Yang Lan: Bringing Beauty to Children's Lives with Art
By Zhang YiEditor: Tracy Zhu
Yang Lan, a renowned Chinese media proprietor, journalist, talk show hostess and chairperson of the Sun Media Group and the Sun Culture Foundation which focuses on providing art education to migrant children, believes firmly in the power of art to positively influence children's growth and development.
|Yang Lan (M), a renowned Chinese media proprietor, journalist, talk show hostess and chairperson of the Sun Media Group and the Sun Culture Foundation which focuses on providing art education to migrant children, believes firmly in the power of art to positively influence children's growth and development. [Xinhua.com]
She shared her ideas on the topic during a meeting held by the Sun Culture Foundation under one of its many charity projects, 'Growing Up Under the Sun'.
Yang believes that art education is of great importance to the growth of every child and especially to migrant children.
Yang's opinions on the matter are based on the social background of China, where economic development and urbanization have seen huge numbers of the rural population migrating to urban areas to look for jobs. Helping these migrant workers and their children integrate into mainstream urban society has become a pressing social issue during this transitional period.
Since many current policies and institutions have still not caught up with the country's social and economic development, the rights and social security of these migrant children and adolescents have largely been neglected. Education, employment and social benefits are far less accessible to migrant children living in cities than they are to city-born children
For these migrant children who are in such a disadvantaged situation, Yang believes that art education is the most effective way to empower them. Art education can help them connect to their surroundings and identify their strong points and talents. It can also arm them with the bravery and resourcefulness they need to face life difficulties.
Yang believes that teaching these children to make and enjoy art can bring them comfort, add more fun to their lives, and encourage them to express themselves.
Under Yang's leadership, the 'Growing Up Under the Sun' project has helped many migrant children explore art together.
The project emphasizes the development of children's innovative thinking ability and imagination. It helps children experience the fun of art and make more friends through art.
The idea for the project came from an activity organized by the Sun Culture Foundation in 2007.
That year, the foundation launched a project in cooperation with the National Ballet of China to provide free ballet lessons to students at two migrant children's schools in Beijing. In all, the project provided ballet lessons to more than 70 children, many of whom had a reputation for being troubled youth. However, through the discipline and fun of the ballet lessons, these children improved their behavior.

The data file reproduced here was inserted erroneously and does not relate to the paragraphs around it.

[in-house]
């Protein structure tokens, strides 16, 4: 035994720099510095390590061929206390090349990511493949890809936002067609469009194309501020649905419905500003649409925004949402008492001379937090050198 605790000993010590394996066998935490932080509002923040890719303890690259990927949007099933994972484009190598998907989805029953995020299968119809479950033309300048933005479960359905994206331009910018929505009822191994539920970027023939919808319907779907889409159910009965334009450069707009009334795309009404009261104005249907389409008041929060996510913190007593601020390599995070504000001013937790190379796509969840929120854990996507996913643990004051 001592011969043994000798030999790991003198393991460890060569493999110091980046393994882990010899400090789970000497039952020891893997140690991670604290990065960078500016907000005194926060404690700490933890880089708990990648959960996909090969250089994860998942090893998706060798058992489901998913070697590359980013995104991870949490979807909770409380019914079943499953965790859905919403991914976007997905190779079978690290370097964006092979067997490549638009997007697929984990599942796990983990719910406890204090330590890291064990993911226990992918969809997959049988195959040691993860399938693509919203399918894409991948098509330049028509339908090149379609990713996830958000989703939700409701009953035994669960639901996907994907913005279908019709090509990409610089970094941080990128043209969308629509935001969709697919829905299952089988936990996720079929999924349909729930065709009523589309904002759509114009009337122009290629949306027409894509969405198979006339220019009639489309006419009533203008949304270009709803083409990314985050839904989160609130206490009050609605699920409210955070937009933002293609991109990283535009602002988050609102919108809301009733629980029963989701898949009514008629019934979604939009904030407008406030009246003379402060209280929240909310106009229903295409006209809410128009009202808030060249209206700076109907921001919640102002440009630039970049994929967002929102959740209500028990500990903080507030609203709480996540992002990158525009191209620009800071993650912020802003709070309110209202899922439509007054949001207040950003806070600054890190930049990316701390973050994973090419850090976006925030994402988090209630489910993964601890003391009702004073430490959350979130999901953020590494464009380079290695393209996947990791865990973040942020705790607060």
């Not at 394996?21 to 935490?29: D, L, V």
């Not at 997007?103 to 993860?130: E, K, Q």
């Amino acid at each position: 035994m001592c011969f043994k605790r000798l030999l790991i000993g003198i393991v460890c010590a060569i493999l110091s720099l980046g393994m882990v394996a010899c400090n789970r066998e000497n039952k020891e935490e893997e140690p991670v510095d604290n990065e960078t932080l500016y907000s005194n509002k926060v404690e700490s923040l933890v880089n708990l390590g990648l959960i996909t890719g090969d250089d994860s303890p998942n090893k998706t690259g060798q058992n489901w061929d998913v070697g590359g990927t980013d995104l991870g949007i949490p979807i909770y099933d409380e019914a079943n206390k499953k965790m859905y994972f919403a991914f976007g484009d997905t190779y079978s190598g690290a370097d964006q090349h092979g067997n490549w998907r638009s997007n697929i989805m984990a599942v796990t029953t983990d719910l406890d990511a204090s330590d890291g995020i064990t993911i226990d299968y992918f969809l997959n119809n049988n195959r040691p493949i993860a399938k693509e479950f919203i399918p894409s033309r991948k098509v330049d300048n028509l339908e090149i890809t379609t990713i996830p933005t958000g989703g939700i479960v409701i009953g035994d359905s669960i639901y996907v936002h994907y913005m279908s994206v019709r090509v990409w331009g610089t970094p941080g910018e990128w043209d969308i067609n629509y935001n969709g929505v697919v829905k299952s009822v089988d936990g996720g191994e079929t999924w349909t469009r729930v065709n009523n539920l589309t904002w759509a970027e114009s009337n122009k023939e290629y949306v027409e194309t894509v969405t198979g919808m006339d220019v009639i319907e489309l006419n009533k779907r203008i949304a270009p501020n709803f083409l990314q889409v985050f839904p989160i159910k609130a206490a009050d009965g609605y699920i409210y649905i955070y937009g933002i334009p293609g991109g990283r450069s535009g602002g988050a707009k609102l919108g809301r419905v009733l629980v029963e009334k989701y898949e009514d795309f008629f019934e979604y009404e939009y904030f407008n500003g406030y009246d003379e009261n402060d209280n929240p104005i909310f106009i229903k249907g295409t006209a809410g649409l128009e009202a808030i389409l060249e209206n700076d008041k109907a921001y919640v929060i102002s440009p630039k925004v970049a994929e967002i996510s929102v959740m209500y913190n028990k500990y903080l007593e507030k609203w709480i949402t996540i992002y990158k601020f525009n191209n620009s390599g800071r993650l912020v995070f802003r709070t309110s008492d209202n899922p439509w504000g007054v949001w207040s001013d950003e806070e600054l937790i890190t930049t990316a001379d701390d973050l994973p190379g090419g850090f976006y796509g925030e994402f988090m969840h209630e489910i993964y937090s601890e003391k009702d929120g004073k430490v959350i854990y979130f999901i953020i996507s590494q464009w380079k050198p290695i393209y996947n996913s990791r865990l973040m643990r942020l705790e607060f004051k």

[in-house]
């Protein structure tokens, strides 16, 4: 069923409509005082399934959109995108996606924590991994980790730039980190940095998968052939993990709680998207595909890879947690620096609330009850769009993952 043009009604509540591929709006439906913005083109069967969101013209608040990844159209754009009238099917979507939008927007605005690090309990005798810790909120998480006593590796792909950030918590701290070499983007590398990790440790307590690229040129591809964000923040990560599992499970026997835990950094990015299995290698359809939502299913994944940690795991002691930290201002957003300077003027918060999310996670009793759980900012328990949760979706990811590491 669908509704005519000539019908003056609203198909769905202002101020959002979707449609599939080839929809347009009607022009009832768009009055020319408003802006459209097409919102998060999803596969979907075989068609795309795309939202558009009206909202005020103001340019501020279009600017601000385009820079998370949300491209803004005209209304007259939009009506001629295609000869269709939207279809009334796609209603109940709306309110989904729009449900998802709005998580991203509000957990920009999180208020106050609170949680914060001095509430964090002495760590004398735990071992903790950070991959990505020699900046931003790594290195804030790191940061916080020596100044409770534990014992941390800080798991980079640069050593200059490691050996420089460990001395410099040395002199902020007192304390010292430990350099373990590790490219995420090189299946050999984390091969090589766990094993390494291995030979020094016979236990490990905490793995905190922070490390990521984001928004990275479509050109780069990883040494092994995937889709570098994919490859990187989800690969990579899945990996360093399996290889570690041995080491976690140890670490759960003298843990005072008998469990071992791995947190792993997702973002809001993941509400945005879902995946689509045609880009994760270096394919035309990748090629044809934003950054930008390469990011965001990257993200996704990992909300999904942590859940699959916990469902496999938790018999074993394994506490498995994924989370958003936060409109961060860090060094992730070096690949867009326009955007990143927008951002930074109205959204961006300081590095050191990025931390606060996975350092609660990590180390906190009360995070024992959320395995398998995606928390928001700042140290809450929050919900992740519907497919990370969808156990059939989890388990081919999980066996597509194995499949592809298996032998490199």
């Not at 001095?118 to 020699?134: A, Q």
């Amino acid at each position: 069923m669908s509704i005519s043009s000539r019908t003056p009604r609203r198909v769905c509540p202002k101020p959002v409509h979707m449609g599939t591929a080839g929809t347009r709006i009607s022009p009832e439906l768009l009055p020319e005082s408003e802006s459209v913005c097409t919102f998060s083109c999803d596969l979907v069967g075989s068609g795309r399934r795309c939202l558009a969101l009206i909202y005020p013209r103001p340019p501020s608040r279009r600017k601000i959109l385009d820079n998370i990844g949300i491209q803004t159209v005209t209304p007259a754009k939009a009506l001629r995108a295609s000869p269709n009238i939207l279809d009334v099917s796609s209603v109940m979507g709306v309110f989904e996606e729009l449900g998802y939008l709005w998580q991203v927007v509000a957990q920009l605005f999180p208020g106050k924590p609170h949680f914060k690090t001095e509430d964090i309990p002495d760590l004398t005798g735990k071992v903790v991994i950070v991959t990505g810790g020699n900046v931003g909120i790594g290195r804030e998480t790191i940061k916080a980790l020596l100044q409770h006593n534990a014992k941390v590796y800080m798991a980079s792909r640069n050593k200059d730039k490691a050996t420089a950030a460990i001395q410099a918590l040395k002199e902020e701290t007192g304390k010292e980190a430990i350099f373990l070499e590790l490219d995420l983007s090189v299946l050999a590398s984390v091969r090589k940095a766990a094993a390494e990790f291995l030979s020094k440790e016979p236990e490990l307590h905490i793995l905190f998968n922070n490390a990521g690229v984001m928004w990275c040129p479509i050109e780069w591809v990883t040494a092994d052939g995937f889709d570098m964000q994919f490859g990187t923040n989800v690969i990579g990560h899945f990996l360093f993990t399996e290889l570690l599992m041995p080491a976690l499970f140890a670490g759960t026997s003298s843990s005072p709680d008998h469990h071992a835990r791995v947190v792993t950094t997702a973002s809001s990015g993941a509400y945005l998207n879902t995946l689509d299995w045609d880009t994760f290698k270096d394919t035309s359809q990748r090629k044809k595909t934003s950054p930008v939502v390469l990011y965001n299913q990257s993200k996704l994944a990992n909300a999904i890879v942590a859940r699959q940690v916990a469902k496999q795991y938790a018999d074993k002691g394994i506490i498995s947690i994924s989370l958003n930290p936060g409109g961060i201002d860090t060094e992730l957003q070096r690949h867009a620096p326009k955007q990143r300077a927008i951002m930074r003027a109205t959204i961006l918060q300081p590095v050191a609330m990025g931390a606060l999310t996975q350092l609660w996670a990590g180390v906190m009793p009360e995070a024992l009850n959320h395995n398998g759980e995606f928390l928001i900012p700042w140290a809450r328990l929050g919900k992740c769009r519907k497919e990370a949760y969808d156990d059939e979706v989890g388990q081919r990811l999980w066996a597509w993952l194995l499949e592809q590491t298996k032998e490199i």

After the training, they gave a performance at Beijing's Tianqiao Theater, with dancers from the National Ballet of China. More than 1,000 people attended the performance, including the students' parents, teachers and classmates. It was a huge boost to the children's confidence.
After the performance, the children received certificates of achievement and many were moved to tears. It was the success of this project that led the foundation's organizers to realize how powerful the arts could be in giving migrant children confidence, developing their personalities and helping them assimilate into mainstream urban society.
Yang herself personally believes that being able to appreciate and enjoy the arts, from visual arts to music to performing arts, is a true blessing. She often tells the story of Wu Tao, a young chef acquaintance of hers, who loves playing the guitar.
Wu was a rural boy who used to live next to the railway tracks in his hometown. Every few minutes, when a train ran by his home, the noise was deafening. Despite the noise, Wu started playing the guitar, having received one from famous Chinese singer Ai Jing when Wu attended a Sun Culture Foundation activity several years ago.
After Wu graduated from junior middle school, he quit school and found a job, like many migrant adolescents. When volunteers of the Sun Culture Foundation interviewed him about his life, he was working as a dish-washer at a restaurant. He said that he was happy with his life and his dream was to become a good chef. He added that he wanted to be an ethical chef who would not use gutter oil, which is a term for oil that has been reused and recycled several times. Gutter oil has been a major food safety problem in China. When the foundation volunteers asked if he still played the guitar, Wu smiled and said that of course he did. He said that his guitar had become his lifelong friend and had carried him through some difficult times.
Yang says, "These migrant children may grow up to have harsh lives, working menial jobs and long hours. But if we can give them an appreciation for art, we can help add a little beauty to their lives."
Yang and her foundation are more determined than ever to provide migrant children with free art education to help them develop into more well-rounded individuals with a better, brighter future.
(Source:yangtse.com/ Translated and edited by womenofchina.cn)
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